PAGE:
Celebrating National Immigrant Heritage Month

Midwestern University community member share their family immigrant histories and the positive impacts on their lives.

  • AZ - Glendale
  • IL - Downers Grove
Montage of personal pictures from immigrant families.

National Immigrant Heritage Month

Every June,  the U.S. celebrates National Immigrant Heritage Month. Since 2014, the United States honors immigrant heritage groups and how they enrich the nation. Throughout the month of June, Midwestern University invited our community to share their family’s immigrant history and its positive impact on their life. We honor and celebrate these families' contributions by remembering and sharing their stories. Thank you to everyone who shared their stories!

Sharing Our Stories

Andrea Lopes Sauers, Assistant Professor, Physical Therapy Program

My father immigrated with his three brothers from Venda Nova, a little village in Portugal, to Brazil in the early 1960’s. They arrived in Belo Horizonte, my hometown, with a carry-on luggage with only one pair of extra clothes for each to wear. My father was 17 years old back then. They got their first job cleaning bathrooms in local stores, which now they own. My parents’ sacrifices provided me and my siblings support to achieve our career goals, all current passionate health care professionals. In 2014, I had the opportunity to move to the U.S to earn a funded post-doctoral research fellowship. I have always remembered my father saying to me that immigrating was not easy- it was not for me too. He has always inspired me for his dedication and hard work. I am so grateful for learning from my father that this world is full of opportunities to all! The Lopes family is now spread in different countries in Latin America and Europe, and I am the first generation immigrated to the U.S

Jane Borgehammar, Clinical Instructor, Physical Therapy Institute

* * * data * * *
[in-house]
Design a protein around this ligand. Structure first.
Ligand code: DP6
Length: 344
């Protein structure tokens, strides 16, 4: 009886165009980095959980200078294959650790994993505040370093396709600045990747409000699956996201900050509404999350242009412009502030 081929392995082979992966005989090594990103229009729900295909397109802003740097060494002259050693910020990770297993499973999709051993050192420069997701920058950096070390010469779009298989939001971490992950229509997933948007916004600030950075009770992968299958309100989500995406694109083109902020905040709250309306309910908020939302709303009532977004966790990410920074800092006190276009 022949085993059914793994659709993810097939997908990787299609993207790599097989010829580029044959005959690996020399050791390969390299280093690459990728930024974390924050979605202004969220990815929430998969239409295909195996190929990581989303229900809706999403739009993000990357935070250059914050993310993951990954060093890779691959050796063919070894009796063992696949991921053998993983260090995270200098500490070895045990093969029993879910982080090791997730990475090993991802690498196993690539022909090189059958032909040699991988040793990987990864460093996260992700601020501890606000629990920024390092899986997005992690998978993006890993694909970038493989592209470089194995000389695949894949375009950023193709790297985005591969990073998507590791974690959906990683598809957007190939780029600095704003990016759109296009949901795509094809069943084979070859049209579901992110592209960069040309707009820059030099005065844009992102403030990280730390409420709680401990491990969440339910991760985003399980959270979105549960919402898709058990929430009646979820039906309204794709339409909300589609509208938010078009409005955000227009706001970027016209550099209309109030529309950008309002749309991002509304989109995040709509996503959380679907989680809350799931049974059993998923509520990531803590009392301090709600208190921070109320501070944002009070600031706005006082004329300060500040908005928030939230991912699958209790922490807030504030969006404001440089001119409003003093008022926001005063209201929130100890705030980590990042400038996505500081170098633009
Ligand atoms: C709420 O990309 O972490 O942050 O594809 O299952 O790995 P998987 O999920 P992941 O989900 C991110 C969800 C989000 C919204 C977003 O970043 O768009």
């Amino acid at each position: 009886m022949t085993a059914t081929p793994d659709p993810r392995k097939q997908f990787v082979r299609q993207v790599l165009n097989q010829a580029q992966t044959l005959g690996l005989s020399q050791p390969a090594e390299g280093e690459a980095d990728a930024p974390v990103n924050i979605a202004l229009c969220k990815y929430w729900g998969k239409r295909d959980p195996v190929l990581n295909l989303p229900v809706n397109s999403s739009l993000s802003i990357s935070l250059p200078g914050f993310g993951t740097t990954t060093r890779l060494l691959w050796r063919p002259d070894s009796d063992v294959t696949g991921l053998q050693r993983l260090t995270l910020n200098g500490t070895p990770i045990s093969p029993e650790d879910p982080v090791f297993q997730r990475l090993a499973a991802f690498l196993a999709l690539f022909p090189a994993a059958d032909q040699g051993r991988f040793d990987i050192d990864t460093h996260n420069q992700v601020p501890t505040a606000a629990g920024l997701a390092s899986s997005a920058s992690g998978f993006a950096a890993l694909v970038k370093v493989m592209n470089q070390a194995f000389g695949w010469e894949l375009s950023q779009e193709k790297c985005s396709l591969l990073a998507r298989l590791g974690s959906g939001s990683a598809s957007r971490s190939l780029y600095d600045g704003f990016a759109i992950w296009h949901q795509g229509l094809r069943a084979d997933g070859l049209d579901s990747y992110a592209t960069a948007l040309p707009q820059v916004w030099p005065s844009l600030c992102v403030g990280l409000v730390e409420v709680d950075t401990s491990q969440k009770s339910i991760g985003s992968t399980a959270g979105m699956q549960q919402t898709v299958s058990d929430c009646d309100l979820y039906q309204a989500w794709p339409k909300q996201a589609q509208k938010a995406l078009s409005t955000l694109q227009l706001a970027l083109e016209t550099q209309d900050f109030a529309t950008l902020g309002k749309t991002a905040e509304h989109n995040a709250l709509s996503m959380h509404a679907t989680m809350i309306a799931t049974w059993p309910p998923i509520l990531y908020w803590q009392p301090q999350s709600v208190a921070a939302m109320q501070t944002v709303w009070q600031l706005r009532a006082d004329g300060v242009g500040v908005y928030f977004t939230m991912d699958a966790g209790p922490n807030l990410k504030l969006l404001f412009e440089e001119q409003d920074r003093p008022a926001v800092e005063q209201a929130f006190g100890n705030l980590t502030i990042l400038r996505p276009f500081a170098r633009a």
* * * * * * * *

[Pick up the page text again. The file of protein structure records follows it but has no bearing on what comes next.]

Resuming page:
I have lived on five continents and English is the third language I learned. We left the Philippines when I was 2, lived in Guyana and South Africa for 9 years, and then moved back to Asia. I remember both parents spoke to us in accented English and talked to each other in Filipino when there was something they didn't want us to overhear. One thing they always agreed on was they expected each of their five children to receive academic and extracurricular honors at the end of each year. Even if I had the highest grades in class, my mother always asked why the score wasn't perfect. The former teacher was the epitome of tiger mom before it became mainstream. We moved back home once my older siblings reached college age; for affordability and to increase the chance of them settling down with somebody with a similar cultural background. Fast forward 10 years later, I moved to the USA on what I thought was a temporary work visa. Ended up marrying another immigrant PT whose culture is as representative of Western Europe as mine is Southeast Asia. I ended up paying for postgraduate education out of pocket, marrying outside the race, and permanently relocating here with a multiracial family that speaks multiple languages. My son summed things up perfectly. He says he looks Swedish on the outside, but his tummy is Filipino on the inside, yet he gets to 100% enjoy all the opportunities and blessings associated with being 100% American.